Abstract: With object-oriented programming languages, Object Relational Mapping (ORM) frameworks such as Hibernate have gained popularity due to their ease of use and portability to different relational database management systems. Hibernate implements the Java Persistent API, JPA, and frees a developer from authoring software to address the impedance mismatch between objects and relations. In this paper, we evaluate the performance of Hibernate by comparing it with a native JDBC implementation using a benchmark named BG. BG rates the performance of a system for processing interactive social networking actions such as view profile, extend an invitation from one member to another, and other actions. Our key findings are as follows. First, an object-oriented Hibernate implementation of each action issues more SQL queries than its JDBC counterpart. This enables the JDBC implementation to provide response times that are significantly faster. Second, one may use the Hibernate Query Language (HQL) to refine the object-oriented Hibernate implementation to provide performance that approximates the JDBC implementation.
20. J. Yap
Transparent Consistency in Cache Augmented Database Management Systems.
Ph.D. thesis, Computer Science Department, USC, 2014. USC Database Laboratory Technical Report Number 2014-03.

Abstract: Cache Augmented Database Management Systems (CADBMSs) enhance the performance of simple operations that exhibit a high read to write ratio, e.g., interactive social networking actions. They are realized by extending a data store such as a Relational Database Management Systems (RDBMS) with a Key Value Store (KVS). At the time of writing, memcached is a popular in-memory KVS in use by a number of Internet service providers such as Facebook, YouTube, Wikipedia and others.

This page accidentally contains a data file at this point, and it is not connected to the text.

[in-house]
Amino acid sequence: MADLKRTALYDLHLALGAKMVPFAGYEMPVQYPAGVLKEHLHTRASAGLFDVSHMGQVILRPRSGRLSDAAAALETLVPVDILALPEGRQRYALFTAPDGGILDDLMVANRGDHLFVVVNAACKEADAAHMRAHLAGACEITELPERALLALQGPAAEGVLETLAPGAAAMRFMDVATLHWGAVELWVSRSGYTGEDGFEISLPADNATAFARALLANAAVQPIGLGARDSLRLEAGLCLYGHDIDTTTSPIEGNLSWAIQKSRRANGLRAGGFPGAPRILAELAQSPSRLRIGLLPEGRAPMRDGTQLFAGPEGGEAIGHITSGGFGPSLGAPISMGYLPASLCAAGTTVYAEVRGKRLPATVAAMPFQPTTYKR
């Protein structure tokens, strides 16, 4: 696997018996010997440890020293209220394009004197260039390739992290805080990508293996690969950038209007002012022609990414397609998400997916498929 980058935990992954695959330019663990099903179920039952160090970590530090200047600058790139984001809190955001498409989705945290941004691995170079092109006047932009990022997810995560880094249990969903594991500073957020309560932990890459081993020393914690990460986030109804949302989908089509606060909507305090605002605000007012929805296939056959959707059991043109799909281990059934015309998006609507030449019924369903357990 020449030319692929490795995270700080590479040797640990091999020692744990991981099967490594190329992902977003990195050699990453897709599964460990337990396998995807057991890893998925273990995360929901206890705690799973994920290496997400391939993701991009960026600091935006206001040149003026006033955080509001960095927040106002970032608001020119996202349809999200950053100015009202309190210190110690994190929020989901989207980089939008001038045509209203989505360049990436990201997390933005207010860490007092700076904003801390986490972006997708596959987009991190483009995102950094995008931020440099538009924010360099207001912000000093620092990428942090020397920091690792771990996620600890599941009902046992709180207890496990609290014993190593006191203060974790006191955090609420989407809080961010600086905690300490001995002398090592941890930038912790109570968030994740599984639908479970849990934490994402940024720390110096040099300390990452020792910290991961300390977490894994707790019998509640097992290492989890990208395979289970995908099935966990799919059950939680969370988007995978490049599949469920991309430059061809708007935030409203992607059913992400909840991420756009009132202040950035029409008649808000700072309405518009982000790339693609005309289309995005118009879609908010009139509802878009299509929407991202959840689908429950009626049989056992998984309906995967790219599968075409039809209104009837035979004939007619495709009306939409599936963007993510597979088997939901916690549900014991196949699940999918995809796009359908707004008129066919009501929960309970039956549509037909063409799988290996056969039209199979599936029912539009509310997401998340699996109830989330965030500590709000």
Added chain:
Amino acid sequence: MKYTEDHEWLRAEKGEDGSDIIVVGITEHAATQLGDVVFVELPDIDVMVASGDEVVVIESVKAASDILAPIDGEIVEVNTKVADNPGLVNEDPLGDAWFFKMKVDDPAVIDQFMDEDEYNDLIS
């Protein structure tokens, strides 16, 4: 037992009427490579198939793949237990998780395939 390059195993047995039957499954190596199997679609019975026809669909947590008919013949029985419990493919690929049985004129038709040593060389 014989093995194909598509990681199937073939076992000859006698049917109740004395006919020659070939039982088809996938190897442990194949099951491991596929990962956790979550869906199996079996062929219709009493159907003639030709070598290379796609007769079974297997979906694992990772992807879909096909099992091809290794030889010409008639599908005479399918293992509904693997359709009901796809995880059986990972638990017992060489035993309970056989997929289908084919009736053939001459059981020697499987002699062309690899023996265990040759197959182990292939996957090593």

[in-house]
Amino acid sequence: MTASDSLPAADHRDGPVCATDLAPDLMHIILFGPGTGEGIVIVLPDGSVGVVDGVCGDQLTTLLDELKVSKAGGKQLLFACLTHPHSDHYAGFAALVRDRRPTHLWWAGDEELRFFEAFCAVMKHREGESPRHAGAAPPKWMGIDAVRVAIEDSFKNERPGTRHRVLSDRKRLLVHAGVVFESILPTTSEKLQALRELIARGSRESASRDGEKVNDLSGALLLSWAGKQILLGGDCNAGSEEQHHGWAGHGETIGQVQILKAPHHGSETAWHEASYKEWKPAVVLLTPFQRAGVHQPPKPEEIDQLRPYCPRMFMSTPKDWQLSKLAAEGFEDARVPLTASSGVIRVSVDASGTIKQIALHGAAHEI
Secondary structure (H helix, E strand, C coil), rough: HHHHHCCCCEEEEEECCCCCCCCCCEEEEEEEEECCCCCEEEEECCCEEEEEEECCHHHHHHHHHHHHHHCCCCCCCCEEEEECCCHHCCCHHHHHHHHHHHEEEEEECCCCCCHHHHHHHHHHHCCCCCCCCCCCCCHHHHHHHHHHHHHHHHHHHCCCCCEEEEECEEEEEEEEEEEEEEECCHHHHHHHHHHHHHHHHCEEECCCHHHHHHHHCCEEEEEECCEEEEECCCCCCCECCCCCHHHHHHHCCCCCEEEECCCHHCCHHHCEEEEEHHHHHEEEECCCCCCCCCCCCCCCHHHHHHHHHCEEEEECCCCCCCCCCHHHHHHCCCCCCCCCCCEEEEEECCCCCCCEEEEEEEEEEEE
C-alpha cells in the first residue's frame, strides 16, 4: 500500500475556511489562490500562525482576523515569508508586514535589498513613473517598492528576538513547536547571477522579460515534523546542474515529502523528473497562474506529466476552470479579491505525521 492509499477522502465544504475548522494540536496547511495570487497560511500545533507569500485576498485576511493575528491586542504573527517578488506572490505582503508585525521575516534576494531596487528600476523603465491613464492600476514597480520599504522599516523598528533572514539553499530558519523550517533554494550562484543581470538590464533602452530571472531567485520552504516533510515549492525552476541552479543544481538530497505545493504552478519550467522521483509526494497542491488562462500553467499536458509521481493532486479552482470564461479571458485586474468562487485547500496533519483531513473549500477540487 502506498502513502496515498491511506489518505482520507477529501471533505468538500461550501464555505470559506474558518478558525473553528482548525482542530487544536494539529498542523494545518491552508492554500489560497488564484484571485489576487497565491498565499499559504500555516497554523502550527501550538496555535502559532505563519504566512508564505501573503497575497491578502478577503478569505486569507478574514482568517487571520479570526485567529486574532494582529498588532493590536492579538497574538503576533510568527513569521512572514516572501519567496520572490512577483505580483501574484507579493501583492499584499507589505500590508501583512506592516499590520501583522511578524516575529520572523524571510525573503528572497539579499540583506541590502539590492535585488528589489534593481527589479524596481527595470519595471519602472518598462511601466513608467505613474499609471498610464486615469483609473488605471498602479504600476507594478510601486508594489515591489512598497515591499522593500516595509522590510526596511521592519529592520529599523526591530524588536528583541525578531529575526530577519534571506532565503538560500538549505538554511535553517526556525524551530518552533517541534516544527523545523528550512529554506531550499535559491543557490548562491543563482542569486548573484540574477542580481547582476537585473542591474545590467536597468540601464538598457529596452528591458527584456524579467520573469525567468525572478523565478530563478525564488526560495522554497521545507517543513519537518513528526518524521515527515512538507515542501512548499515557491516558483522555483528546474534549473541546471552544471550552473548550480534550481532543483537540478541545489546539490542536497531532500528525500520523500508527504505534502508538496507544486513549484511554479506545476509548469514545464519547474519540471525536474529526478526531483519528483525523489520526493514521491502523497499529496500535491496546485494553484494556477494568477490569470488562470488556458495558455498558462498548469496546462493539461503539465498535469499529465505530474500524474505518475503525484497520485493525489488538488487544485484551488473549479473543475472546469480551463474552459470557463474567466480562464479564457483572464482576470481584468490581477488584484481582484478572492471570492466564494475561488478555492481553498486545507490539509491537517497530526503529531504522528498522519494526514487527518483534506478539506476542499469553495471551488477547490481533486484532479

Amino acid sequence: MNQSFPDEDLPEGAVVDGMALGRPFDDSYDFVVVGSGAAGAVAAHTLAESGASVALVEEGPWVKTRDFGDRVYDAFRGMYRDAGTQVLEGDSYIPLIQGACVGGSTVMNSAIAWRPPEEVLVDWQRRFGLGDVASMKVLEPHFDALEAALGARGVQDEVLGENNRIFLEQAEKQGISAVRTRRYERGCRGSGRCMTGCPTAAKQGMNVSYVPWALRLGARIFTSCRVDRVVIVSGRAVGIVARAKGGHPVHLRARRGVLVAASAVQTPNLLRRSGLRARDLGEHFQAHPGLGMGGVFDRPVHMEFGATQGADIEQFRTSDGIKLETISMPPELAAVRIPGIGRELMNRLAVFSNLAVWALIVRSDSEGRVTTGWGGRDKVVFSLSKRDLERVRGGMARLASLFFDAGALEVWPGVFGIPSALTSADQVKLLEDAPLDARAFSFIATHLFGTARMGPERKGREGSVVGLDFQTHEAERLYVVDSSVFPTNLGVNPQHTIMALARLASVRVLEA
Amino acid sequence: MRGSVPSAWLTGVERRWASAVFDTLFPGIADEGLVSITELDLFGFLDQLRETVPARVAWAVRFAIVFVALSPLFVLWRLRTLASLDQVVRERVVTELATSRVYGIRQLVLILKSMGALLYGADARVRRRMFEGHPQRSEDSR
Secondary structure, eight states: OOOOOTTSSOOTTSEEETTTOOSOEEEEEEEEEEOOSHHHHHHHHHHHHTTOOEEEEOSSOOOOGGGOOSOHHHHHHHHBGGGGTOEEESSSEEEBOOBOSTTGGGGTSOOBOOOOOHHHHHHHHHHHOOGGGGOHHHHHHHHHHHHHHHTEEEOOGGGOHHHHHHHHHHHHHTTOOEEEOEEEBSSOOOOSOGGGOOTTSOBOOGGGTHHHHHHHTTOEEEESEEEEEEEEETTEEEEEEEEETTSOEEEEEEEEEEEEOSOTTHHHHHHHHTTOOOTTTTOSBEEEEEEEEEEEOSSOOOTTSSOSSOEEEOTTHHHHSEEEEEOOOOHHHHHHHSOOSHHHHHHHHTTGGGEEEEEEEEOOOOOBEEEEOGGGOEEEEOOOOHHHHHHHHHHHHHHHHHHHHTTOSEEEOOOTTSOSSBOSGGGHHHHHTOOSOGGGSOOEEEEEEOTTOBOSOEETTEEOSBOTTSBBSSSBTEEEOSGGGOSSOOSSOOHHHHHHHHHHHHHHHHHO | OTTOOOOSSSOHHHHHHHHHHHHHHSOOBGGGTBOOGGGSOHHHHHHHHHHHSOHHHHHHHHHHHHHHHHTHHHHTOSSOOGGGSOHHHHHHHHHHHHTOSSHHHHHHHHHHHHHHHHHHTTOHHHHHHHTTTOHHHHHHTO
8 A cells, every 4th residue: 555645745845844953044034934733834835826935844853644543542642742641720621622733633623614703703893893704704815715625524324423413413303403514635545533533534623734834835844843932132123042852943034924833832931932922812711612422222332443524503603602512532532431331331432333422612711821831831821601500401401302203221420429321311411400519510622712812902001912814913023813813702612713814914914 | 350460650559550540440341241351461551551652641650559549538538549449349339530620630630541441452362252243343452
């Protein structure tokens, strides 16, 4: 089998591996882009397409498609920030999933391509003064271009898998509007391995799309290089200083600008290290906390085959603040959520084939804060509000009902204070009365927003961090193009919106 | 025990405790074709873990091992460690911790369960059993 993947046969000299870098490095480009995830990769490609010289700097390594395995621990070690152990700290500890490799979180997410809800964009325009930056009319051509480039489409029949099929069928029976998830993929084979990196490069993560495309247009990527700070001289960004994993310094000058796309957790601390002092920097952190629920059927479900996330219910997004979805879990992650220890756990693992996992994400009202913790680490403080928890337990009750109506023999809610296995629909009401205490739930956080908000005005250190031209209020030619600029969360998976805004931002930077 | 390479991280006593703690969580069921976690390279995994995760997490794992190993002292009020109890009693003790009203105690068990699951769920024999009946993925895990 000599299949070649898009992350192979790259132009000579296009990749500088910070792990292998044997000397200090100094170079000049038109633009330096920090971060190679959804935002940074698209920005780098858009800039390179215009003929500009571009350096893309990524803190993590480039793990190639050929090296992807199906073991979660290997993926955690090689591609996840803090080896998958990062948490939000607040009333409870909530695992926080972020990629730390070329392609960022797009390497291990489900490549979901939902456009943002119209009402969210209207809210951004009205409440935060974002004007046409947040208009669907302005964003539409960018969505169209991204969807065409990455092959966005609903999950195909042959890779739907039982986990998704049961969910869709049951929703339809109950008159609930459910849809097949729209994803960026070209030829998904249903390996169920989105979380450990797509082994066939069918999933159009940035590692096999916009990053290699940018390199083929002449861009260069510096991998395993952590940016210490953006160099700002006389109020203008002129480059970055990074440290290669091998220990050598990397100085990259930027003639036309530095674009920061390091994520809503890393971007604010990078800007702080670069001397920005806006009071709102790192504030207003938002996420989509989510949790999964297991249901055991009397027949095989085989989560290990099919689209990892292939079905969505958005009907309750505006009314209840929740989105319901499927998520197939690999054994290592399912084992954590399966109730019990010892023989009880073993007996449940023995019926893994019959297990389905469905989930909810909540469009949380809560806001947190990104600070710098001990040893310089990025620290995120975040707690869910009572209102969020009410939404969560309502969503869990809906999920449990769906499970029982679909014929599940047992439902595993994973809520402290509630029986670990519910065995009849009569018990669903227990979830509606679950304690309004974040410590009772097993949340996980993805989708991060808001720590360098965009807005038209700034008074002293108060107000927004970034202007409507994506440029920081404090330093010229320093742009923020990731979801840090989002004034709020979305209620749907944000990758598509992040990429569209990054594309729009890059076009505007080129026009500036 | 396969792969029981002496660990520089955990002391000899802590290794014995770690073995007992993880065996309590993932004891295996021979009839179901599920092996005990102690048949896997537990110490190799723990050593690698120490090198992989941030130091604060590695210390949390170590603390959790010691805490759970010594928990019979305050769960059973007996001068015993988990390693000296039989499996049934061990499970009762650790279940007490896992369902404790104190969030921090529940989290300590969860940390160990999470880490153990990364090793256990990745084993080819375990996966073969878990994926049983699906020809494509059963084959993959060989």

A key insight of CADBMSs is that query result lookup using the KVS is significantly faster than query processing using the RDBMS. A challenge is how to maintain these query results consistent in the presence of updates to the RDBMS. Today’s CADBMS solutions require a developer to design, implement, debug, and maintain software to address this challenge. This dissertation presents novel design decisions to realize physical data independence that hides the details of the storage structure (KVS or RDBMS) from applications and their developers. These designs simplify the complexity of application software to expedite their development life cycle.

The proposed designs can be categorized into two groups. The first group prevents race conditions that cause the KVS to produce stale data. Our primary contribution here is the IQ framework and its simple programming model that employs Inhibit (I) and Quarantine (Q) leases to provide strong consistency. We describe the compatibility of the leases when the KVS is either invalidated or refreshed in the presence of updates to the RDBMS.

The second group includes transparent techniques that invalidate the key-value pairs of the KVS in the presence of updates to the RDBMS. Our primary contribution is the SQL Query to Trigger translation (SQLTrig) technique. It provides the application developers with the SQL query language and observes the performance enhancements of a KVS without requiring additional software. It intercepts the queries issued by an application and authors software in the form of triggers that describes the template of the query. It registers these triggers with the RDBMS prior to inserting the query and its result set as a key-value pair in the KVS. An insert, delete, update command to the RDBMS invokes the trigger to compute the query (key) whose result set (value) has changed. The trigger invalidates this key-value pair from the KVS in a transactional manner.